CANBERRA – Foreign Minister Julie Bishop has confirmed two of three Australians detained on suspicion of committing "gambling crimes" last week in China are safe and well but the condition of the third citizen is unclear.
The employees of Australia's largest casino operator, James Packer's Crown Resorts, were swept up in a wider group of 18 employees who were taken into custody last Thursday and Friday.
Following concerns expressed by Packer and Prime Minister Malcolm Turnbull, consular officials had an "extensive" visit in Shanghai on Tuesday with detained Crown executive Jason O'Connor and a colleague.
The detention of an Australian casino executive is raising fears that China is seeking harsh punishments on gambling https://t.co/SvrtkkiGtg
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Bishop said the two men are in "good health" and "their wellbeing is being looked after", but she explained the third Australian in Chinese detention is a dual citizen who has not yet been seen by Australian diplomats.
"I understand there is still some clarification needed as to whether he was an Australian or Chinese passport that he entered upon," the Foreign Minister told reporters in Canberra.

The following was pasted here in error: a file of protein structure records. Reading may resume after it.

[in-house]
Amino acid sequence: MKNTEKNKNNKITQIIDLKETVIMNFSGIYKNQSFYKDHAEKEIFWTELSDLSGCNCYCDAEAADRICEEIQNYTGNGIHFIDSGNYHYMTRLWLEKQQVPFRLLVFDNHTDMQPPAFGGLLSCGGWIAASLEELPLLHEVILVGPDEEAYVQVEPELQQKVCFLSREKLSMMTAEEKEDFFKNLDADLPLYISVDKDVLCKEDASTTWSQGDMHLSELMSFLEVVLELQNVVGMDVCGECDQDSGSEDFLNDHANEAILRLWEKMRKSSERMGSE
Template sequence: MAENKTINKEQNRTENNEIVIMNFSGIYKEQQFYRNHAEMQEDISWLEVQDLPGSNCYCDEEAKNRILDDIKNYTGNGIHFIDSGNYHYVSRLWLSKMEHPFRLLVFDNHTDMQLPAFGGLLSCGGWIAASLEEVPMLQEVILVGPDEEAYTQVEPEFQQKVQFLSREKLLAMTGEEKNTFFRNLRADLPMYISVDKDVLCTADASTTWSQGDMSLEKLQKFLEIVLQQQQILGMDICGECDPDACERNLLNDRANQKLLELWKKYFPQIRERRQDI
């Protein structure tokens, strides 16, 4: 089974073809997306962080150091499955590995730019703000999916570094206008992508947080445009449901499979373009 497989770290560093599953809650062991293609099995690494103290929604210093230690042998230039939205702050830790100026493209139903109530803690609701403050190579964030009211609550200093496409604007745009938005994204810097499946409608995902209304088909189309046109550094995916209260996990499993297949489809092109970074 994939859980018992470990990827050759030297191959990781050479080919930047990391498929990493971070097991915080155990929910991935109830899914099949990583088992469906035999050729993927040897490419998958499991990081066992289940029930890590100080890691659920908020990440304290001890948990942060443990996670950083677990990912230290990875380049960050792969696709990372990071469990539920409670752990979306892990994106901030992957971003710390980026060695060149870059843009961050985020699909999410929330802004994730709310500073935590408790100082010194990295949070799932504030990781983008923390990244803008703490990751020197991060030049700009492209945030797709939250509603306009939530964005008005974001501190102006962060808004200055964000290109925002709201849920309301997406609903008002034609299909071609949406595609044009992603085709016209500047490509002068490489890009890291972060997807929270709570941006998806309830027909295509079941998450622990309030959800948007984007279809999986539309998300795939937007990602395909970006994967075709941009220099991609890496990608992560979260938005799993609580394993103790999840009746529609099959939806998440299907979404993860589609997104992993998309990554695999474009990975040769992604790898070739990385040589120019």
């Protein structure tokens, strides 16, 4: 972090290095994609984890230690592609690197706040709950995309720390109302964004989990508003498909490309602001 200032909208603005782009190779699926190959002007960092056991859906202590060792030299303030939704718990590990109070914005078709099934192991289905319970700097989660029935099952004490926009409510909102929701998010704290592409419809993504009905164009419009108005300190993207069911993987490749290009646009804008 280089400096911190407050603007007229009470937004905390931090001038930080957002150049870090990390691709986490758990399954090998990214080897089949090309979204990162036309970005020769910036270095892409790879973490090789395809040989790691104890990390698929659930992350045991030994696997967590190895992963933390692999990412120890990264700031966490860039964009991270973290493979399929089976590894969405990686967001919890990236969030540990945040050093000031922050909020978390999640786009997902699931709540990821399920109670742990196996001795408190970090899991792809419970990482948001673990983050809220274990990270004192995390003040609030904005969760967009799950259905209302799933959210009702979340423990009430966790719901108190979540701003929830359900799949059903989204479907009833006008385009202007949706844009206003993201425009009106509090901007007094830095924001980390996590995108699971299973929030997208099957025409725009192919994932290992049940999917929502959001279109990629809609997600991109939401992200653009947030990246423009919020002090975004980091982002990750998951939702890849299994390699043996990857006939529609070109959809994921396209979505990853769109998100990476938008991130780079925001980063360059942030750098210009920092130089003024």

"But we will seek consular access as and when we can under the consular agreement we have with China."
No charges have yet been laid against the men, but it's understood that China is concerned about Crown's strategy for luring Chinese gamblers to Australia.
The Foreign Ministry has stated the detentions were conducted over suspected, unspecified "gambling crimes."
"Under Chinese law, the authorities can have 30 days to investigate allegations and then make a decision whether or not to charge," Bishop said.
"That period of 30 days can be extended by another seven days, I understand."
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"In the meantime our focus is on their health and wellbeing and continuing to keep the families informed as we have been doing and also to carry out consular visits as and when we can."
Packer said Tuesday he is "deeply concerned" for the welfare of his staff and has stated his company Crown Resorts is doing all it can to ensure they are safe.
Crown runs three casinos in Macau, the rich autonomous territory known as the 'Vegas of Asia'.